In the Scooby-Doo! Mystery Incorporated episode, "Wrath of the Krampus," Velma reads information regarding Nibiru to the gang from what she says is her "favorite Internet encyclopedia." The info she reads to the gang is almost word-for-word from the real-life Wikipedia article on the event.
When the series was first pitched, Fred was originally going to have thick brown hair. Fred was later changed to a blonde shortly before the show made its premiere. Additionally, Velma did not originally have glasses in the first promo art for the show.
The Hex Girls' songs have the widest cult following of any song used in the Scooby-Doo films. The Hex Girls have dozens of lyric sites which have transcribed the lyrics to their songs (most of which generally only transcribe songs from major soundtracks and such), and even have their own customized stations on many streaming sites such as Last FM, Shazam, MySpace, AllMusic, and many more, all of which have several thousand subscribed listeners and in some cases, millions of views. Additionally, there are also several "unofficial" band t-shirts that have become popular over the years, these two being the most popular.
Although nearly every Scooby-Doo bumper featured classic villains to promote the series, one unique bumper from the 2000s featured the rare monster from The Scooby-Doo Project, who was never mentioned elsewhere outside of the 11-minute special.
Thanks so much to Thomas for sending me this video! :)
Friar Serra, the mummy from Scooby-Doo! Mystery Incorporated's "Theater of Doom" was actually a real-life friar, who was also Spanish and part of the Franciscan Order (as Friar Serra also was in the episode). Friar Serra founded a mission to Baja California and went on 21 Spanish missions during his time as a friar. Despite the fact that he died in 1788, he ironically was just recently declared a saint by Pope Francis in 2015.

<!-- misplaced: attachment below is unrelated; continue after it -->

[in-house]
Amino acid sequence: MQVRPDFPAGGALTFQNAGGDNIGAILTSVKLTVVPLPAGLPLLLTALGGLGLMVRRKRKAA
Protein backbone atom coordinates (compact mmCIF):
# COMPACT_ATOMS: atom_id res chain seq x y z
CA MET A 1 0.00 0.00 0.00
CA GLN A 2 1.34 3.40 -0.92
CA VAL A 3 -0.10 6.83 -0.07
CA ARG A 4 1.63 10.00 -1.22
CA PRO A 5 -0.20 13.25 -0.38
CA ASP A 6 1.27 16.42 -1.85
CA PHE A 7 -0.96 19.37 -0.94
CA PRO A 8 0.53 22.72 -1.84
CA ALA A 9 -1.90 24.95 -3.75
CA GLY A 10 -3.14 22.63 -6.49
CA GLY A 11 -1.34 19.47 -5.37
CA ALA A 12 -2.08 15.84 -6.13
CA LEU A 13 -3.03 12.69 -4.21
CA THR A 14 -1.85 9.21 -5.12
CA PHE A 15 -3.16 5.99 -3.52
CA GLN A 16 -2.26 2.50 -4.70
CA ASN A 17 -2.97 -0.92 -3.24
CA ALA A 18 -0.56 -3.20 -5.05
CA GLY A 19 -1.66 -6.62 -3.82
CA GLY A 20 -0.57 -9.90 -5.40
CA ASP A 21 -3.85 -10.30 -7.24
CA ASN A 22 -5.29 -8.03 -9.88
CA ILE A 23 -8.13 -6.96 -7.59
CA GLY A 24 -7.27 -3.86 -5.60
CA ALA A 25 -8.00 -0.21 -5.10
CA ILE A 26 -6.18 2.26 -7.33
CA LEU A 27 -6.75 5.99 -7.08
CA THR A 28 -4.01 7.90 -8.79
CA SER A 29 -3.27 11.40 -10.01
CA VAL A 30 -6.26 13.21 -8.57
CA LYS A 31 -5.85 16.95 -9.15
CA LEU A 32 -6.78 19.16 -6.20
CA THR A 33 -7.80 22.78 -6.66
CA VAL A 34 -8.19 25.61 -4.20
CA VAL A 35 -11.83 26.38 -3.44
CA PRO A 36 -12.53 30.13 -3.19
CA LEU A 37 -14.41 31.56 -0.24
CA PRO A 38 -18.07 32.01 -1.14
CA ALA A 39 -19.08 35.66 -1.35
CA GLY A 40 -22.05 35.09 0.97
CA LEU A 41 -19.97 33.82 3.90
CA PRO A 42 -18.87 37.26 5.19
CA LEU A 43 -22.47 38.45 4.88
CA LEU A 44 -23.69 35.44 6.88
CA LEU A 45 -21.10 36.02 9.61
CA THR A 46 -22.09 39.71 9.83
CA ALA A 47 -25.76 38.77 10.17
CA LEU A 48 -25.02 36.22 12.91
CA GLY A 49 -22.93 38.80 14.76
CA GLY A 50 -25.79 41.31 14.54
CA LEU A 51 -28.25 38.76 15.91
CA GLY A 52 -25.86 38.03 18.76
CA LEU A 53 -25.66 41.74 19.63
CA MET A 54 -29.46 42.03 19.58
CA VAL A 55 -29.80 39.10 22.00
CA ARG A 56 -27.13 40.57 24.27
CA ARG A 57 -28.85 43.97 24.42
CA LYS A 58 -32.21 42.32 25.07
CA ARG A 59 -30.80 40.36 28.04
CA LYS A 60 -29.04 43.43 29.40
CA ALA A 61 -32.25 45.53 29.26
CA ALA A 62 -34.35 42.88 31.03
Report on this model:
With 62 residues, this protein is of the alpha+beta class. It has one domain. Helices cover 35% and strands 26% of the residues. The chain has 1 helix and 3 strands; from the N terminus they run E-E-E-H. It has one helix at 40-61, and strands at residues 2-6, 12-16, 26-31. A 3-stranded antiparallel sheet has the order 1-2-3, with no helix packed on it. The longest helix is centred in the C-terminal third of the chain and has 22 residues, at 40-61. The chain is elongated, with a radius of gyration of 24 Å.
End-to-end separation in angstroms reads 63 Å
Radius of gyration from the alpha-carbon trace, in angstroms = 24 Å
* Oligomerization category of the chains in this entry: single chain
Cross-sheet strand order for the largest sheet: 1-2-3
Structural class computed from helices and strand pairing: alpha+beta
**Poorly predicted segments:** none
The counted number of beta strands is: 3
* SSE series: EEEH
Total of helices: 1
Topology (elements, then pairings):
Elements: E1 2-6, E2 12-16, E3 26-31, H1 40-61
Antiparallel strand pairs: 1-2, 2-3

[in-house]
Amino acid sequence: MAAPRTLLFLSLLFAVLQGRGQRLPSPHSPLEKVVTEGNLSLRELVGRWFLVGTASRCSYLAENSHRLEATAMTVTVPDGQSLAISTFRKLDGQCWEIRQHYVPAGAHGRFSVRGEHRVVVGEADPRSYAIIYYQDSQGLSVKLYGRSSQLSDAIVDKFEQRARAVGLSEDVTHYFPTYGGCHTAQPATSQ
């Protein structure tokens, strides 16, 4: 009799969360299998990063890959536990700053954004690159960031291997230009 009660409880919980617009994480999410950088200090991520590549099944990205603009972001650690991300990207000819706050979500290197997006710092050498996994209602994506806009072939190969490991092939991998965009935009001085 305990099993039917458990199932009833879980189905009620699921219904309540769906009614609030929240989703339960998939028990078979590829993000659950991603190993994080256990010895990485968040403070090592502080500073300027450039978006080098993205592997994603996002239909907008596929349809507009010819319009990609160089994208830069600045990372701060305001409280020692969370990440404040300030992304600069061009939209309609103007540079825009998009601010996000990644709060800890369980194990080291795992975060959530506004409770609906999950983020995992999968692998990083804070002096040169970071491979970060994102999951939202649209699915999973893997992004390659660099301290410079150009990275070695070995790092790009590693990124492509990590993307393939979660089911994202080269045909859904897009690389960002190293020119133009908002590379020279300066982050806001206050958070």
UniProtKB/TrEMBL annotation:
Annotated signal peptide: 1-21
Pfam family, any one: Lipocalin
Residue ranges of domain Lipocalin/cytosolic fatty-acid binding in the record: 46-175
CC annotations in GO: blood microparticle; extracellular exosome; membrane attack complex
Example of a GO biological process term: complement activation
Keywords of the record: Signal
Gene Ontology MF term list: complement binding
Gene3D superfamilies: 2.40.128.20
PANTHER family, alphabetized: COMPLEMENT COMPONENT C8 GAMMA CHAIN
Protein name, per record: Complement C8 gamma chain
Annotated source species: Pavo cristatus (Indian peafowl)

The cat creature costume which Lorne Chumley wore in "The Exterminator" (The New Scooby-Doo Movies episode which featured Don Adams) was actually a recycled character design. The design is nearly identical to Bigfoot from The Funky Phantom (ironically a Scooby-Doo clone show), in the episode "The Forest's Prime Evil". The Funky Phantom episode originally aired December 11, 1971, whereas "The Exterminator" aired on October 13, 1973.
It's hard to believe it's been 200 weeks in a row now! For the 200th fun fact, I decided to keep with our little tradition of having a special guest on the milestone fun facts, which included Be Cool, Scooby-Doo! head writer Jon Colton Barry with #100 and The 13 Ghosts of Scooby-Doo / A Pup Named Scooby-Doo creator Tom Ruegger for #150. Today, another Be Cool, Scooby-Doo! writer, Tom Konkle is joining us to celebrate the 200th Fun Fact of the Week.
You may remember the Q&A that Jon Colton Barry and I did back in March to celebrate the finale of Be Cool, Scooby-Doo!. In that Q&A, Jon mentioned if the show were have continued, a dream of his was to create more episodes like "Scroogey Doo," which comedically parodied classic literature. Here's his quote from the Q&A:
"We started to stretch out and experiment more in second season and I would have liked to have done more episodes like “Scroogey Doo” where we insert the BCSD gang into classic horror/mystery literature and then destroy it. “Dracula,” “Frankenstein,” Dr. Jekyll and Mr. Hyde,” etc. – making those monsters turn out to be guys in masks and ruining these classic books seemed like a lot of fun."
In talking with Tom Konkle for the interview we did together back in June, Tom mentioned he also had several ideas he would have liked to pitch. If Be Cool, Scooby-Doo! would have been renewed for a third season, it's very likely that there would have been several more episodes which parodied classic literature.